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Q&A: Bruce Swedien

The engineer behind Michael Jackson’s biggest hits, and dozens of others, talks about producing a young Florida band called Garneau

Photo: Kent Weakley

You just produced
Road With No Signs,
the debut CD from Garneau, a band featuring teenage virtuoso brothers Jordan and Josh Garneau, backed by top session players. How did this come about?

It started out as a demo for the band to get gigs. It was instantly apparent to me that this was a unique thing. I told them we had to turn this into an album, which I think scared them a little. [Laughs] All you have to do is listen to “New York State of Mind” to show how carefully they did their homework. And Dave Waller — the vocalist on the album — can sing his ass off. You should hear these guys play live in the studio. Jordy — the guitar player — is like working with a superexperienced musician, yet he’s only 17. And [drummer] Josh can play a groove! To me, that’s the name of the game, because so many of the records I’m famous for are groove records and Josh is really great. Both he and Jordy are so good — and they’re right here, from Ocala!

Is that the secret to being discovered by Bruce Swedien?

No, in fact it was the other way around. They discovered me. I love that!

So with this project you finally got your start in the music business?

[Laughs] Not exactly. It was Quincy Jones back in 1958. He came into [Bill Putnam’s] Universal Recording Studios in Chicago and we’ve been having a ball ever since. I remember that day like it was yesterday. I was out in front of Universal on 46 E. Walton Street, and this taxicab pulled up. Out popped this great-looking young dude with a couple of gorgeous young ladies on his arms. We went in the elevator, and I told him, “Quincy, I’m Bruce Swedien, and we’re gonna be working together today.” The first session was Dinah Washington. That’s how we first met and it was like it had to be. He’s the most knowledgeable person about music on Earth, and everything I’ve learned about the esoterics of popular music I learned from Quincy Jones. It’s all about quality and doing the best you can with the project at hand. In essence, I went to the University of Quincy Jones.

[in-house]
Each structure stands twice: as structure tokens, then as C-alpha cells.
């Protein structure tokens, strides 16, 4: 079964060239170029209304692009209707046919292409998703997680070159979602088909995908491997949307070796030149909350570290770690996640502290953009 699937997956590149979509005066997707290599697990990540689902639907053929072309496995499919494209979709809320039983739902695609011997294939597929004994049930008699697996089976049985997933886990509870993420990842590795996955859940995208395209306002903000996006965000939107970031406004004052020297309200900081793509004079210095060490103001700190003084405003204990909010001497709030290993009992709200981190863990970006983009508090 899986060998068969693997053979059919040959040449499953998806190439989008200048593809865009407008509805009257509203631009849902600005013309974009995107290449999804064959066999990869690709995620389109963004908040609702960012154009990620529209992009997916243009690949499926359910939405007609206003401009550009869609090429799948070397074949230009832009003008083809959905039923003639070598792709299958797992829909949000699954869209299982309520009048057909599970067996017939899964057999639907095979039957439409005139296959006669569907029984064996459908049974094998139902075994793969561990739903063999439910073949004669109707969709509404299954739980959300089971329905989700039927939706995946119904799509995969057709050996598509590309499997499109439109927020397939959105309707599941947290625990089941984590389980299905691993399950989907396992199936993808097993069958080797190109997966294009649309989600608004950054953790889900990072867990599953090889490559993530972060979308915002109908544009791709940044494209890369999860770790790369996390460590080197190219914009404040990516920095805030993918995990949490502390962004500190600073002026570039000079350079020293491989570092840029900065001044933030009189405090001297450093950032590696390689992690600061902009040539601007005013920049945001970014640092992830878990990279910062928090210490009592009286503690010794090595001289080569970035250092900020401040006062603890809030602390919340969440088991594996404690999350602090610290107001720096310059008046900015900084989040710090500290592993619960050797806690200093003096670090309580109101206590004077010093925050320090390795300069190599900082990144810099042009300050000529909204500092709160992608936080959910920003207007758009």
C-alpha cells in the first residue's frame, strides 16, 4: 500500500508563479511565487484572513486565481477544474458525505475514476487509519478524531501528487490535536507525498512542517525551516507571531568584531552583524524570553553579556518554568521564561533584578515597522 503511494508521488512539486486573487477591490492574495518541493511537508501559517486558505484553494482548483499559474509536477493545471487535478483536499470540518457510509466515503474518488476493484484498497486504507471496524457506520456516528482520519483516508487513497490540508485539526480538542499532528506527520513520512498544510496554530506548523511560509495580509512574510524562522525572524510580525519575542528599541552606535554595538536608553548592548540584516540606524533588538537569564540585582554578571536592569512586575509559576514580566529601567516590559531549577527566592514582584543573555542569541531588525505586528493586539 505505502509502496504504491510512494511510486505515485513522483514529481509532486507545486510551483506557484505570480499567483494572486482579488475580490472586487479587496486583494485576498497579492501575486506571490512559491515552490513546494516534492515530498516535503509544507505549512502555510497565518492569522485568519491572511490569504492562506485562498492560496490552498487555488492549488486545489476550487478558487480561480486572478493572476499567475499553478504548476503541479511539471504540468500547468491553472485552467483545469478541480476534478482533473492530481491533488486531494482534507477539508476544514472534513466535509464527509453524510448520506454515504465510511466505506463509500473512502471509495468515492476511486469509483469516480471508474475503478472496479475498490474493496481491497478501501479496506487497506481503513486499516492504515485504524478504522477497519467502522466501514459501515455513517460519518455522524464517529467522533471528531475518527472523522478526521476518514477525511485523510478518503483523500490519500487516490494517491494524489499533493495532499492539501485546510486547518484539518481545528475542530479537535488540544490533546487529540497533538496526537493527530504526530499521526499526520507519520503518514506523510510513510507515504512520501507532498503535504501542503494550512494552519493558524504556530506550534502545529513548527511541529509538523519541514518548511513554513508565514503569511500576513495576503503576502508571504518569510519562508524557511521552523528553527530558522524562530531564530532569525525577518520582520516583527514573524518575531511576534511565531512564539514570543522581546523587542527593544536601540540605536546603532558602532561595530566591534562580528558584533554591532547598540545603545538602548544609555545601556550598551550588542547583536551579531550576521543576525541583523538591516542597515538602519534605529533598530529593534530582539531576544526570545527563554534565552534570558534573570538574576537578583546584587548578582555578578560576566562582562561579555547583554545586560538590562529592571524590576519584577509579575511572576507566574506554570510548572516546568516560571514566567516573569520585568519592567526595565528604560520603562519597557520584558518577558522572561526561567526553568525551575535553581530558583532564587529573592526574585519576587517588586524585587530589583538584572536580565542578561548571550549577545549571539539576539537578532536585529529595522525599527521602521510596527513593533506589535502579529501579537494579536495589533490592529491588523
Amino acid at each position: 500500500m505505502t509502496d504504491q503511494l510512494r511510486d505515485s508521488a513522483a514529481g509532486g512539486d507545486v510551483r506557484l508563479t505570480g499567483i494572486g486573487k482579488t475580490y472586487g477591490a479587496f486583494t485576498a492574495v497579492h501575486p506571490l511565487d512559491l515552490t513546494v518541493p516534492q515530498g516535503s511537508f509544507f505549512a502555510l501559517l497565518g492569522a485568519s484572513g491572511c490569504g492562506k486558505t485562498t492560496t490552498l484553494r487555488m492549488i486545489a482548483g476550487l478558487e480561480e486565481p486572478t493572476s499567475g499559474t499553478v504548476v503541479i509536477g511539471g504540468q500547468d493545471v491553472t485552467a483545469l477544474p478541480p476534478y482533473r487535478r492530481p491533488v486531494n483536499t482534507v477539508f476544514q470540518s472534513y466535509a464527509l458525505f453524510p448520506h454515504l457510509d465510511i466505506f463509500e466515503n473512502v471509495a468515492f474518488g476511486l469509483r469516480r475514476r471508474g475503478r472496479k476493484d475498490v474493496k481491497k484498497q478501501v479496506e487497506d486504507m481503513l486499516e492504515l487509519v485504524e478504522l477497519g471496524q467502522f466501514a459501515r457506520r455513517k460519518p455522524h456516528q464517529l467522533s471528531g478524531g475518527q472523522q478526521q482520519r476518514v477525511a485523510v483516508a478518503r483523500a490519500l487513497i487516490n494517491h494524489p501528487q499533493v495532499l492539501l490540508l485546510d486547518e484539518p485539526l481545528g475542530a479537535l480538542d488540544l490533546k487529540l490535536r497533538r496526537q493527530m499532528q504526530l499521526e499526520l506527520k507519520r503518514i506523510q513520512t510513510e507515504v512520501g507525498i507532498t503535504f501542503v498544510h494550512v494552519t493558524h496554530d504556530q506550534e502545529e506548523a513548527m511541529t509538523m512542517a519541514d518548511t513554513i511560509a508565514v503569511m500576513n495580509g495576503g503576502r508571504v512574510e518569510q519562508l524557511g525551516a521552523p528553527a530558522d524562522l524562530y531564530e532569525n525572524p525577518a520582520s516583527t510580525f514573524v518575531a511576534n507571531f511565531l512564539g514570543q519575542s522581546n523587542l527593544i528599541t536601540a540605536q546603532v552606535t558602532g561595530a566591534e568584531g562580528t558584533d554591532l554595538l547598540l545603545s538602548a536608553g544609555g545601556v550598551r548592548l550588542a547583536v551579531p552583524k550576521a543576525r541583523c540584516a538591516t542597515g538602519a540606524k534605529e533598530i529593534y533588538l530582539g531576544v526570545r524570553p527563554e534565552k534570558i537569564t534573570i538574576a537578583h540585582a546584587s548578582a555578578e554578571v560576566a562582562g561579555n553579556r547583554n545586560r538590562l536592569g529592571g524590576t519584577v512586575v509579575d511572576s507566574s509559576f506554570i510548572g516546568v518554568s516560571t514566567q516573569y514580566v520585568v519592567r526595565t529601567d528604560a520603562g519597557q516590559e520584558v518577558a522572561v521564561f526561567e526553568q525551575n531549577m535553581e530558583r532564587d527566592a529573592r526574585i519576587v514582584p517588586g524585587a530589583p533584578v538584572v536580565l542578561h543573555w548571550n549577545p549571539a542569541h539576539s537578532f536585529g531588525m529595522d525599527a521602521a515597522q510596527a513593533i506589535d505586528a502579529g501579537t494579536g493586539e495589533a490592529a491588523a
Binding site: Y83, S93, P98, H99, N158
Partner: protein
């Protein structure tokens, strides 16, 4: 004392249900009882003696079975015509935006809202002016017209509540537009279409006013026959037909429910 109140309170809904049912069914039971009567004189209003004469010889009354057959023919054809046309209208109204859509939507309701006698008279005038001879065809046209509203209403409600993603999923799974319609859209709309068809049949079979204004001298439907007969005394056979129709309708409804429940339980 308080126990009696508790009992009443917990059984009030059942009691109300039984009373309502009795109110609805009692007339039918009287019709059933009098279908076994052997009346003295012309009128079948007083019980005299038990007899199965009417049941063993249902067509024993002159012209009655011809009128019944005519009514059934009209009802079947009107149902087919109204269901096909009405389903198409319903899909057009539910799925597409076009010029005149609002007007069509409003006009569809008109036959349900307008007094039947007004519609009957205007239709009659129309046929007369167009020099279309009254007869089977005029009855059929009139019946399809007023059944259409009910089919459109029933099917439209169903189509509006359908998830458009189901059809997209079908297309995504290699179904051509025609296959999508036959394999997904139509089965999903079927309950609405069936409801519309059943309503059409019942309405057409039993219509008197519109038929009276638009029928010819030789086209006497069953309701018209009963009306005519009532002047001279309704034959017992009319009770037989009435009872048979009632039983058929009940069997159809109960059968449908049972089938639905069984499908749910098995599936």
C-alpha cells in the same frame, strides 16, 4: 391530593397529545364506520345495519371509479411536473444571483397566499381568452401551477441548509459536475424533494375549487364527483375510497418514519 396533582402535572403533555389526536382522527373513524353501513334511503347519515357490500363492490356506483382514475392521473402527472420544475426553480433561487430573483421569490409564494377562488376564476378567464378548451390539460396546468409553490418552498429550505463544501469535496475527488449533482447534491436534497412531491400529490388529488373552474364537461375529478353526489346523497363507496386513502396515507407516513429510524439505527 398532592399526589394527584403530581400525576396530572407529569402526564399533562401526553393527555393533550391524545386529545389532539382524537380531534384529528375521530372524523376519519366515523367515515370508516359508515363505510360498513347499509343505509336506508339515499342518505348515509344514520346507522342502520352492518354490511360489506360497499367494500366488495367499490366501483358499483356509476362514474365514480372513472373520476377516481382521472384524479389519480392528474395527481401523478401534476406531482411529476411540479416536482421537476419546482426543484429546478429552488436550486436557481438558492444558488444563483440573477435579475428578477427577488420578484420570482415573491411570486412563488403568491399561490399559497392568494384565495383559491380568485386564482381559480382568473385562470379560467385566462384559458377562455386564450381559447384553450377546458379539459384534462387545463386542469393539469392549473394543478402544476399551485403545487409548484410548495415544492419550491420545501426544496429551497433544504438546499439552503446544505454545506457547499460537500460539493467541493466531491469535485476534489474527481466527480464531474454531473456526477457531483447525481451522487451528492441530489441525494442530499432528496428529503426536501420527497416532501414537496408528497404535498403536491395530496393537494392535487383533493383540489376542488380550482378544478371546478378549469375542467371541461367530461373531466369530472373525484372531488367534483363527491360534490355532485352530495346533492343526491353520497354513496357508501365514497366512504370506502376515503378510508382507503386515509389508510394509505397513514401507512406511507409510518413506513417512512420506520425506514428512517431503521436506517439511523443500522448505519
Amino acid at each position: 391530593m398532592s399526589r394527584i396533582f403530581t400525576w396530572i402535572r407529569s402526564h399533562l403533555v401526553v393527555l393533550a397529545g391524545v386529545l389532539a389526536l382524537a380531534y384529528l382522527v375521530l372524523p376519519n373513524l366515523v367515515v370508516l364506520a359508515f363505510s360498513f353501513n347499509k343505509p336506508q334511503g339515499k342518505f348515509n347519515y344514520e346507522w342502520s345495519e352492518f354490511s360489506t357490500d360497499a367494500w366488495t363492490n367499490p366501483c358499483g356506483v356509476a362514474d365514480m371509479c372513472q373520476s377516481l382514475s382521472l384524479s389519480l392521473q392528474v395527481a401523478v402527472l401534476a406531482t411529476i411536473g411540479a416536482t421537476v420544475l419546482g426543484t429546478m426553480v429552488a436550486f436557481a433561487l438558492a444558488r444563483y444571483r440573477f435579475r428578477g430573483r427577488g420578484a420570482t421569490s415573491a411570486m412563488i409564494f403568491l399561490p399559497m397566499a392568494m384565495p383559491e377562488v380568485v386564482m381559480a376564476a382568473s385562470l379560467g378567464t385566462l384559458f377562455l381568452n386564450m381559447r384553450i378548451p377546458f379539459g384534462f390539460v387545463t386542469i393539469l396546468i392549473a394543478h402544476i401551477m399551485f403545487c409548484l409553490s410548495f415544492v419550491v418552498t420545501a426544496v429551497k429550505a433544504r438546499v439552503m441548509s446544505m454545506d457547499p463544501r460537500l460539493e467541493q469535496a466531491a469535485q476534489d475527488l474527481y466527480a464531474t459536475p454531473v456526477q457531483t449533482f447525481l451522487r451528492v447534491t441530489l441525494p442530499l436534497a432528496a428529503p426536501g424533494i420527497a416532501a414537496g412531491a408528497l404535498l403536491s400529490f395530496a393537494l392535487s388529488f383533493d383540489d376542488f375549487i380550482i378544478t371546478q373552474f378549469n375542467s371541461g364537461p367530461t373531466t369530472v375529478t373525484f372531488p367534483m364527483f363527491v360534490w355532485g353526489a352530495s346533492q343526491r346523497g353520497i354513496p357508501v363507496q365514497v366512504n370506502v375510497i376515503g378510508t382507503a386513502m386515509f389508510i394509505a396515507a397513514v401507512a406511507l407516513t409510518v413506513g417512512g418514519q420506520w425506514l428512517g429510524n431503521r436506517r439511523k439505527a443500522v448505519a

So this has definitely been a transition for you, going from engineer to producer — the one who calls all the shots.

I don’t do things any different now than I ever did. Because starting with Quincy, the people I’d worked with all along relied on me in the production of the album. While I didn’t always get credit, I’ve always been paid like a producer, with royalties and all. It ended up not being a transition at all. It’s all about the music. Every project I do sounds different, and I bring a piece of myself to every project, especially this great record with the Garneau band.

Did you track one instrument at a time or rehearse a rhythm section?

We did them one at a time. I usually work that way. I don’t normally go for a sound and then imprint it on the project. It’s usually controlled by the music at hand and I look for sonic inspiration in the compositions.

Was the band involved in the mix?

Actually, mixing is not just a phase of the project for me. I start the mix during the tracking sessions and continue building on whatever sonic values show up early in the production that I fall in love with.

Do you have any advice for someone learning the craft?

I have a couple short sayings that students seem to enjoy. A lot of people get really wrapped up in the nuts and bolts about how we record and forget about the basic value that music has to be a moving experience — especially recorded music. People don’t care how the music is made, but only that it moves them.

How important is a formal audio education?

It’s very important, but a lot of young people today don’t have any real opportunities to hear good music in a live acoustical situation, which to me is the best ear training.

Do you have any more advice to offer?

It’s much easier to be done than to be satisfied.

Doesn’t that apply to a lot of things in life?

I think so, but it really applies to mixing.

For more information about Garneau, visit And as if Bruce Swedien needed more to do, he recently completed a book called Recording Michael Jackson, which chronicles his experiences working with the King of Pop. It’s due out early next year from Hal Leonard Publishing.